This is a cosy correlation between language and the visual properties of textile and cloth. As much as I enjoyed the curatorial thesis, I think it closed down rather than opened up different ways into the work. Why? Because I believe his best work is the least literary and most abstract. The danger here is to overplay Tuttle’s taste for word play and language games which run the risk of turning the works into easy-to-digest absurdities, a sort of neo-dada-lite. From this perspective, Systems VI, 2011, was more like a theatrical curiosity, almost parodying the machinery of the textile industries from the late 19th to early 20th century. Plonked centrally in the ground floor space, It lacked any sensitivity to site, or weight or other clear sculptural concerns. My attention was drawn to the ambiguous play of contrasting materials suspended under an internal light source like a half-built birds nest. On another level, the whole look of the sculpture resembled some kind of revolving clockwork stage; or, with its four corner posts, a makeshift bandstand, the circular base punctuated by wooden beams and irreverent red orbs.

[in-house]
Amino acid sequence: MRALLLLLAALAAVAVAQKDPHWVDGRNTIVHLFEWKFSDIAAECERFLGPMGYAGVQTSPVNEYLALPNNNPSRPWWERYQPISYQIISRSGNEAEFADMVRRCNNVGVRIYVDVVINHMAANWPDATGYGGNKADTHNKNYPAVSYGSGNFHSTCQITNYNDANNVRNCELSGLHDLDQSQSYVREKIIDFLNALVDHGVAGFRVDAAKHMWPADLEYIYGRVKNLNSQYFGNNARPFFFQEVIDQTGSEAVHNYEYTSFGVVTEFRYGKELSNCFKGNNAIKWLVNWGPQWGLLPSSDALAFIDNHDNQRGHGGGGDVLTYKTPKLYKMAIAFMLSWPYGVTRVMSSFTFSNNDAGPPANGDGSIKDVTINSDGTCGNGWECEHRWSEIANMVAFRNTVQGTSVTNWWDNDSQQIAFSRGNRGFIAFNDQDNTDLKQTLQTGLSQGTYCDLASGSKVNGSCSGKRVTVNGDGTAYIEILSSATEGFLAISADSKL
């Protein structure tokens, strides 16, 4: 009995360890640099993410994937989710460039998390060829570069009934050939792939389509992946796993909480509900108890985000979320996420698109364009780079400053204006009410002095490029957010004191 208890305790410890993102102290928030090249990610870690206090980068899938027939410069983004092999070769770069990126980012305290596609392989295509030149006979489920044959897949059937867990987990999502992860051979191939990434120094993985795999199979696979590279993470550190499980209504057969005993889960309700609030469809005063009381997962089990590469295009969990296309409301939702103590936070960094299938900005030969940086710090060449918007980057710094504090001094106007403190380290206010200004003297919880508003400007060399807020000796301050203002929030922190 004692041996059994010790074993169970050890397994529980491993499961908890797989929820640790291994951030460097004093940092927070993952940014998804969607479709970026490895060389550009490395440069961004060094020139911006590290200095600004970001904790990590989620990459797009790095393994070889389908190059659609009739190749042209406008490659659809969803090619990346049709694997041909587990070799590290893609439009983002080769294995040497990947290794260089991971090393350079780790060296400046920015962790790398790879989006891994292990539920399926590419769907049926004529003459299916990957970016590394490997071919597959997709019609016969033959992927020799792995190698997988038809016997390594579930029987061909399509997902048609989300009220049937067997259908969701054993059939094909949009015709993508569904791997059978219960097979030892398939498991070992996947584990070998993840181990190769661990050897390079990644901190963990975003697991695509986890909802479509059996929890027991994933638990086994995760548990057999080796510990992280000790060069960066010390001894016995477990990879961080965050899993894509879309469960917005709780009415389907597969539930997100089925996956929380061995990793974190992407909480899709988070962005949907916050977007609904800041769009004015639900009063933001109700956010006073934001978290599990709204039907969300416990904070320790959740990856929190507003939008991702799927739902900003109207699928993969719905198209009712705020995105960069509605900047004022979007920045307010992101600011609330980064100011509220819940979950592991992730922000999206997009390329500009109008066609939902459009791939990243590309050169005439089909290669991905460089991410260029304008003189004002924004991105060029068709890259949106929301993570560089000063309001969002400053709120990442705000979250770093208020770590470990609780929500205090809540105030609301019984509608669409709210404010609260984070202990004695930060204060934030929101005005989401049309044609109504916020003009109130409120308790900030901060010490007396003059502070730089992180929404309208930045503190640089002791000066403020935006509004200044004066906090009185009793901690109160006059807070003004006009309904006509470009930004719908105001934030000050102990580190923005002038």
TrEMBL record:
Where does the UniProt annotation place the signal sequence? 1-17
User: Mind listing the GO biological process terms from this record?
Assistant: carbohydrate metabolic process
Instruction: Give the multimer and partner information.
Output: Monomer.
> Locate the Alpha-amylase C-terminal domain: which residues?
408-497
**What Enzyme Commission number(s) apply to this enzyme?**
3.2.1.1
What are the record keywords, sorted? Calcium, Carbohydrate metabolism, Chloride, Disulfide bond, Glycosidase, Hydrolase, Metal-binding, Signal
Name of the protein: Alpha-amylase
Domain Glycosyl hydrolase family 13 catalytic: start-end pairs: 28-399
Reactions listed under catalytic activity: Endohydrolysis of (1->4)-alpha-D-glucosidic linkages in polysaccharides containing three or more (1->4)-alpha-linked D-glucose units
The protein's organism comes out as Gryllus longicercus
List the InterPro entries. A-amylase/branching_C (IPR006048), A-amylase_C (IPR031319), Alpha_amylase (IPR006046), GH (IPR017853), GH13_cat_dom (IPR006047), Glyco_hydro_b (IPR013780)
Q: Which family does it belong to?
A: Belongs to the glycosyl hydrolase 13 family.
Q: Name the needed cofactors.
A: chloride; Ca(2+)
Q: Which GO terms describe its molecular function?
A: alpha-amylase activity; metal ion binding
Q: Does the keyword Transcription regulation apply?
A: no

All in all, the ground floor hang felt particularly subdued and, ironically, full of very conventional if ill at ease rectangles, a lot of which were wall texts. Are these texts half-baked truisms or revelatory insights by the artist? At their best they did shed a little light onto the philosophical predilection for finding the miraculous in the everyday. But on more than one occasion they felt visually awkward and, as poetry goes, heavy handed. Wherever one looked they seemed to be cutting up and budging in on the fragile countenance of the works they were there to support. The whole left side of the ground floor space felt cramped in this respect. It was difficult to focus on the tiny combinations of minute flotsam clumped on the end of the makeshift stems of the group Section VII Extension pieces, 2007, or focus on some of the delicate thin washes of paint on spun plastic (Space-is-Concrete series). Spotlights high above focused in on very small areas of wall space and left the overall atmosphere somewhat murky and even more theatrical.